Topological defects in nematic liquid crystals exhibit unique optical and physicochemical properties that have led to emerging applications in directed self-assembly of colloids and macromolecules. Recent experiments have demonstrated that active matter that consists of a dense collection of self-propelled rods can form an active nematic liquid crystal in which defects bind and unbind in a chaotic-like manner. Abundant examples of active nematics are found in different animate and inanimate systems, including flocking animals, bacteria, tissue cells, biopolymer suspensions, and even vibrating granular rods. However, the material properties of and seemingly chaotic-like defect dynamics in these non-equilibrium systems are poorly understood, limiting their applications. In this talk, I will discuss our recent work on unraveling defect behavior in active nematics. Specifically, we have adopted a hydrodynamic model to explain how the morphology, structure and dynamics of defects are determined by the interplay between elasticity and activity. Our model predictions are successfully confirmed by actomyosin-based experiments, shedding light on understanding and further control of topological defects in active liquid crystals.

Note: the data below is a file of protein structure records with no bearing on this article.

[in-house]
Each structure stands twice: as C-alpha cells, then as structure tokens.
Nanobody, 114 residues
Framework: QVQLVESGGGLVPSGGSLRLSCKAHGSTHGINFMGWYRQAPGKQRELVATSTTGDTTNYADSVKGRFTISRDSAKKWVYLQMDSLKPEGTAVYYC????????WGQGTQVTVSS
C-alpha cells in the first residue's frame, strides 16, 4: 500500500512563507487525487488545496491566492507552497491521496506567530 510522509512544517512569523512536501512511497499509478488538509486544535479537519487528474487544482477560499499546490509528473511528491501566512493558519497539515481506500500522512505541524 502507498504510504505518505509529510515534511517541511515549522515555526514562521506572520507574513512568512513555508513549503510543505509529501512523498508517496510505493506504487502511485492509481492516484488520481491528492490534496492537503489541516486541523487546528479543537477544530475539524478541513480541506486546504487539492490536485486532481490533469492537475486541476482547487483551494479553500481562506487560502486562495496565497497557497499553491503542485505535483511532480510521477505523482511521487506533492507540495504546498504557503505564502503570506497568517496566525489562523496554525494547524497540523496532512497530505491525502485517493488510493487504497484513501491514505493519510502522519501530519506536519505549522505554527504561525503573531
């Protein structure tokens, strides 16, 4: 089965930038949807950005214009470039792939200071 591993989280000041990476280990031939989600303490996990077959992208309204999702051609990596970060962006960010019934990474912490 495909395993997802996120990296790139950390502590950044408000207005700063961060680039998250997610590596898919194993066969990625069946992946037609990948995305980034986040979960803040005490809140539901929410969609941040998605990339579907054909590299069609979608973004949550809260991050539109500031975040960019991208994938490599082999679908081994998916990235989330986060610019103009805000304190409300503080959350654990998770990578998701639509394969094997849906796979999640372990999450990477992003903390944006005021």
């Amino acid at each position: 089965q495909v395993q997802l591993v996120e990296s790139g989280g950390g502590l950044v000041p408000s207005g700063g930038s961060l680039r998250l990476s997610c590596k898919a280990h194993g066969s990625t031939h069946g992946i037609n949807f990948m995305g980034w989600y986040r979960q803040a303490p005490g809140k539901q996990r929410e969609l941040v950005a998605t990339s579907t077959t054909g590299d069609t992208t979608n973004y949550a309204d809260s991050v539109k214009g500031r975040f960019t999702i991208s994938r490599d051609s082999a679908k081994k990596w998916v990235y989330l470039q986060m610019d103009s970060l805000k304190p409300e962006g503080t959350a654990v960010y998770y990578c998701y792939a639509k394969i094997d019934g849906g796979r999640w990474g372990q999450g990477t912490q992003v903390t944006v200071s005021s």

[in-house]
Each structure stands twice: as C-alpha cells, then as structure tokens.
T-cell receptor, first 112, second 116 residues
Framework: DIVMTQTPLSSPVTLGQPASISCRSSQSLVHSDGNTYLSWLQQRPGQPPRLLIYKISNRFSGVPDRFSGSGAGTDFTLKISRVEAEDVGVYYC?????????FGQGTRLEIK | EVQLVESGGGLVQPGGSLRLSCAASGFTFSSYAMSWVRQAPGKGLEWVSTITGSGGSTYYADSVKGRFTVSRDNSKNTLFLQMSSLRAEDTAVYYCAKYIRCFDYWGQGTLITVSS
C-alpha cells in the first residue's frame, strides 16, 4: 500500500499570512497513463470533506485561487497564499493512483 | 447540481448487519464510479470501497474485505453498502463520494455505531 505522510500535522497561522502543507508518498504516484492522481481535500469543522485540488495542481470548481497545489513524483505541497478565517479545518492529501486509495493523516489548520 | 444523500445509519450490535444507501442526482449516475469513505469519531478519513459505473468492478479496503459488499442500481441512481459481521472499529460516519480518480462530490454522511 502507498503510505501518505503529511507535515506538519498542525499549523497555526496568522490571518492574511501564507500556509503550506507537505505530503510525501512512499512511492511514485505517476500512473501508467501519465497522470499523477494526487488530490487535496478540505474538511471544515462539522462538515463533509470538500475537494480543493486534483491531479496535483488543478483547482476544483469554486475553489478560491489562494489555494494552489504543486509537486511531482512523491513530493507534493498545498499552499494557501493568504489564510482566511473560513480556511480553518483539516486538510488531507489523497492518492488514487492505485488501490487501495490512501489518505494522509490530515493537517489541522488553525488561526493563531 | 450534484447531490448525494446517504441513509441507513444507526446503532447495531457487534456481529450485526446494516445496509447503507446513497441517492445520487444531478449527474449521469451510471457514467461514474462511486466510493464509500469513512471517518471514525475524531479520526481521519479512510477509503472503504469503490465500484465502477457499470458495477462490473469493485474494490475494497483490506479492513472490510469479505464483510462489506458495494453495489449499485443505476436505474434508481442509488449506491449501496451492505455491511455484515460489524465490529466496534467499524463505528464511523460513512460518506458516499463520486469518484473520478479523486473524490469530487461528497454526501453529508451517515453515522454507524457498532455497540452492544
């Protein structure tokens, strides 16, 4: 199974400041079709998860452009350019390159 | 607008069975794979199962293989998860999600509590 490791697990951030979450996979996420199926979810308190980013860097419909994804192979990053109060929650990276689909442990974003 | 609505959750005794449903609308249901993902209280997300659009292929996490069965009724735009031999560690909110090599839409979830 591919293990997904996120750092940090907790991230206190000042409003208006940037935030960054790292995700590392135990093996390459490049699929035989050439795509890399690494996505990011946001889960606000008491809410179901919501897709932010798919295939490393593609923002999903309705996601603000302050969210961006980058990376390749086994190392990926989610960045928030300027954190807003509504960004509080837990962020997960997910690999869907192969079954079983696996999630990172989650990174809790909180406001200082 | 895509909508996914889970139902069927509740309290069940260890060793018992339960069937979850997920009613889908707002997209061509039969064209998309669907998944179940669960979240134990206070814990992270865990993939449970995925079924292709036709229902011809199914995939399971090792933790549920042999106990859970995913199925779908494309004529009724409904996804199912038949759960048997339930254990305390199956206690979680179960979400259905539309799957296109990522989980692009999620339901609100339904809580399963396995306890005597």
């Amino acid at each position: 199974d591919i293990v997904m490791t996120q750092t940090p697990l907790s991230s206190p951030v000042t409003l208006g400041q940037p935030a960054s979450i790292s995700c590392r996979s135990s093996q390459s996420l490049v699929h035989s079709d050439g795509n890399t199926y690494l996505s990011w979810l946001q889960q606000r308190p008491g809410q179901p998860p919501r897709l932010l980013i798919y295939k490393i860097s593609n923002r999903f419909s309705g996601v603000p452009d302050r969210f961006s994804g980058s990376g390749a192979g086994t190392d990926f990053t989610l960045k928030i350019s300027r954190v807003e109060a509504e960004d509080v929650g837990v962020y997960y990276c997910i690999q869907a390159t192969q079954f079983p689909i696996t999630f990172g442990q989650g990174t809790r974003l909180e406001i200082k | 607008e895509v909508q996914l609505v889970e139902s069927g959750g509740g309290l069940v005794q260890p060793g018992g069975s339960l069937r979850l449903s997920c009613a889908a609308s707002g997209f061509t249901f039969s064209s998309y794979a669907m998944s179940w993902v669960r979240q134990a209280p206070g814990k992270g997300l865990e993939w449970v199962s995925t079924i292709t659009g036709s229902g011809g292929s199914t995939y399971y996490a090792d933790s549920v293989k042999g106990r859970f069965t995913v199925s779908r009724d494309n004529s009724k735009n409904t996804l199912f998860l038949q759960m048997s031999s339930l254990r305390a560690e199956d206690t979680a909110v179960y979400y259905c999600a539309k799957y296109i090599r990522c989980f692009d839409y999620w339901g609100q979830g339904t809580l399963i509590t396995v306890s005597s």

Dr. Rui Zhang is a senior research associate in the Institute for Molecular Engineering at the University of Chicago. He has been working with Professor Juan de Pablo on simulations of liquid crystals, active matter and other soft matter systems. He defended his Ph.D in 2013 at Levich Institute for Physico-Chemical Hydrodynamics and Department of Physics at the City College of New York, where he worked with Professor Joel Koplik to employ molecular dynamics and continuum methods to study complex fluids phenomena at distinct length scales. He graduated from Fudan University in Physics.